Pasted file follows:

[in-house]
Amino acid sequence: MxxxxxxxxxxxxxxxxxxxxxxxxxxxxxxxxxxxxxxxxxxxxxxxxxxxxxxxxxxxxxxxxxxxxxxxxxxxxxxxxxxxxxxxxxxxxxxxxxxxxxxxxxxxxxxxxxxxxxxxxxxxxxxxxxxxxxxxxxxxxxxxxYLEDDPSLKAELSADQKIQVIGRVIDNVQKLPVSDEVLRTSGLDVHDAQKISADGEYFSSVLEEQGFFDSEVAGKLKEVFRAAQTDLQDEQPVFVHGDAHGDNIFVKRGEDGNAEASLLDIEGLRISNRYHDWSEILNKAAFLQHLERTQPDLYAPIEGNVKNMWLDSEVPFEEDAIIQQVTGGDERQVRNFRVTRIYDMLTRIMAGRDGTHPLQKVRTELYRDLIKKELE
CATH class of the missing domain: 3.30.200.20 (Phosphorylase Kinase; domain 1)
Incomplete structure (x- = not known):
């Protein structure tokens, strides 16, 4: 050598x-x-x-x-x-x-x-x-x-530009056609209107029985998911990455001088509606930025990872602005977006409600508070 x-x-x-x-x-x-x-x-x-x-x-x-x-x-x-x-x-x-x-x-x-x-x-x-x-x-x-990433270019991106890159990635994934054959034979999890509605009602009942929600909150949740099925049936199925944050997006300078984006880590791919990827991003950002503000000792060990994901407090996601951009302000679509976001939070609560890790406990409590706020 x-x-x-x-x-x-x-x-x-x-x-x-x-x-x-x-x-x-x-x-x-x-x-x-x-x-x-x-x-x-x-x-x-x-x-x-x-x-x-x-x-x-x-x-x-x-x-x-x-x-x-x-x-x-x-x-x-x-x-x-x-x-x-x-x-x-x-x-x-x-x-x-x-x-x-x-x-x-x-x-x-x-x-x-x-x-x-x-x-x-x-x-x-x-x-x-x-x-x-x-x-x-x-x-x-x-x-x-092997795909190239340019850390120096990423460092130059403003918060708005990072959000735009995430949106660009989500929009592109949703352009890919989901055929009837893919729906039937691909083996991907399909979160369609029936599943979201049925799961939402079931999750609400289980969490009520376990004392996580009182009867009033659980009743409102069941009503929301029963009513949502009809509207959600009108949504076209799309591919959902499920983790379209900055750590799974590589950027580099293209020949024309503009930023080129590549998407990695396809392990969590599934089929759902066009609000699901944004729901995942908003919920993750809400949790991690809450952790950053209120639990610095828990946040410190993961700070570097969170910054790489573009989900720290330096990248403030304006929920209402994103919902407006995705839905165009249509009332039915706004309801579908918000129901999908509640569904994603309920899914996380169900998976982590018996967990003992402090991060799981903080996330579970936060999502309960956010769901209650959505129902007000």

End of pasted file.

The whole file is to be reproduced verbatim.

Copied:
[in-house]
Amino acid sequence: MxxxxxxxxxxxxxxxxxxxxxxxxxxxxxxxxxxxxxxxxxxxxxxxxxxxxxxxxxxxxxxxxxxxxxxxxxxxxxxxxxxxxxxxxxxxxxxxxxxxxxxxxxxxxxxxxxxxxxxxxxxxxxxxxxxxxxxxxxxxxxxxxYLEDDPSLKAELSADQKIQVIGRVIDNVQKLPVSDEVLRTSGLDVHDAQKISADGEYFSSVLEEQGFFDSEVAGKLKEVFRAAQTDLQDEQPVFVHGDAHGDNIFVKRGEDGNAEASLLDIEGLRISNRYHDWSEILNKAAFLQHLERTQPDLYAPIEGNVKNMWLDSEVPFEEDAIIQQVTGGDERQVRNFRVTRIYDMLTRIMAGRDGTHPLQKVRTELYRDLIKKELE
CATH class of the missing domain: 3.30.200.20 (Phosphorylase Kinase; domain 1)
Incomplete structure (x- = not known):
């Protein structure tokens, strides 16, 4: 050598x-x-x-x-x-x-x-x-x-530009056609209107029985998911990455001088509606930025990872602005977006409600508070 x-x-x-x-x-x-x-x-x-x-x-x-x-x-x-x-x-x-x-x-x-x-x-x-x-x-x-990433270019991106890159990635994934054959034979999890509605009602009942929600909150949740099925049936199925944050997006300078984006880590791919990827991003950002503000000792060990994901407090996601951009302000679509976001939070609560890790406990409590706020 x-x-x-x-x-x-x-x-x-x-x-x-x-x-x-x-x-x-x-x-x-x-x-x-x-x-x-x-x-x-x-x-x-x-x-x-x-x-x-x-x-x-x-x-x-x-x-x-x-x-x-x-x-x-x-x-x-x-x-x-x-x-x-x-x-x-x-x-x-x-x-x-x-x-x-x-x-x-x-x-x-x-x-x-x-x-x-x-x-x-x-x-x-x-x-x-x-x-x-x-x-x-x-x-x-x-x-x-092997795909190239340019850390120096990423460092130059403003918060708005990072959000735009995430949106660009989500929009592109949703352009890919989901055929009837893919729906039937691909083996991907399909979160369609029936599943979201049925799961939402079931999750609400289980969490009520376990004392996580009182009867009033659980009743409102069941009503929301029963009513949502009809509207959600009108949504076209799309591919959902499920983790379209900055750590799974590589950027580099293209020949024309503009930023080129590549998407990695396809392990969590599934089929759902066009609000699901944004729901995942908003919920993750809400949790991690809450952790950053209120639990610095828990946040410190993961700070570097969170910054790489573009989900720290330096990248403030304006929920209402994103919902407006995705839905165009249509009332039915706004309801579908918000129901999908509640569904994603309920899914996380169900998976982590018996967990003992402090991060799981903080996330579970936060999502309960956010769901209650959505129902007000």